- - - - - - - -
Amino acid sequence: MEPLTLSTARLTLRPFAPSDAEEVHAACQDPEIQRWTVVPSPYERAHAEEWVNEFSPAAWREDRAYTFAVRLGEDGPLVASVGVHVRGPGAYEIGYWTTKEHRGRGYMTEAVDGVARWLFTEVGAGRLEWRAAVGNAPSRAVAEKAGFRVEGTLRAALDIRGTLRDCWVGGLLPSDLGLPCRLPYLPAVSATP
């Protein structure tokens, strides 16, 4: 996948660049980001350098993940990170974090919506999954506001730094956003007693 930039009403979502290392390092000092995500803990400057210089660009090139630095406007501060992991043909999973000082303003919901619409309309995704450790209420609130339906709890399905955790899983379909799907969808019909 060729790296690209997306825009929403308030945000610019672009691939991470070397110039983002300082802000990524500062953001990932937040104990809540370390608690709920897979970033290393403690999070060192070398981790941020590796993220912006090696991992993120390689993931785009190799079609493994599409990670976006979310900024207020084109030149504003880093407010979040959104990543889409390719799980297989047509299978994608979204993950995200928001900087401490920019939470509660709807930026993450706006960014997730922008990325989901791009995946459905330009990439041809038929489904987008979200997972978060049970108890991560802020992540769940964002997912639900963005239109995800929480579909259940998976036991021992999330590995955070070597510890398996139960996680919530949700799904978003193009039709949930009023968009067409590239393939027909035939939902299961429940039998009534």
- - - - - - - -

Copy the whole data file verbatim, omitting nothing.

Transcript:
Amino acid sequence: MEPLTLSTARLTLRPFAPSDAEEVHAACQDPEIQRWTVVPSPYERAHAEEWVNEFSPAAWREDRAYTFAVRLGEDGPLVASVGVHVRGPGAYEIGYWTTKEHRGRGYMTEAVDGVARWLFTEVGAGRLEWRAAVGNAPSRAVAEKAGFRVEGTLRAALDIRGTLRDCWVGGLLPSDLGLPCRLPYLPAVSATP
């Protein structure tokens, strides 16, 4: 996948660049980001350098993940990170974090919506999954506001730094956003007693 930039009403979502290392390092000092995500803990400057210089660009090139630095406007501060992991043909999973000082303003919901619409309309995704450790209420609130339906709890399905955790899983379909799907969808019909 060729790296690209997306825009929403308030945000610019672009691939991470070397110039983002300082802000990524500062953001990932937040104990809540370390608690709920897979970033290393403690999070060192070398981790941020590796993220912006090696991992993120390689993931785009190799079609493994599409990670976006979310900024207020084109030149504003880093407010979040959104990543889409390719799980297989047509299978994608979204993950995200928001900087401490920019939470509660709807930026993450706006960014997730922008990325989901791009995946459905330009990439041809038929489904987008979200997972978060049970108890991560802020992540769940964002997912639900963005239109995800929480579909259940998976036991021992999330590995955070070597510890398996139960996680919530949700799904978003193009039709949930009023968009067409590239393939027909035939939902299961429940039998009534």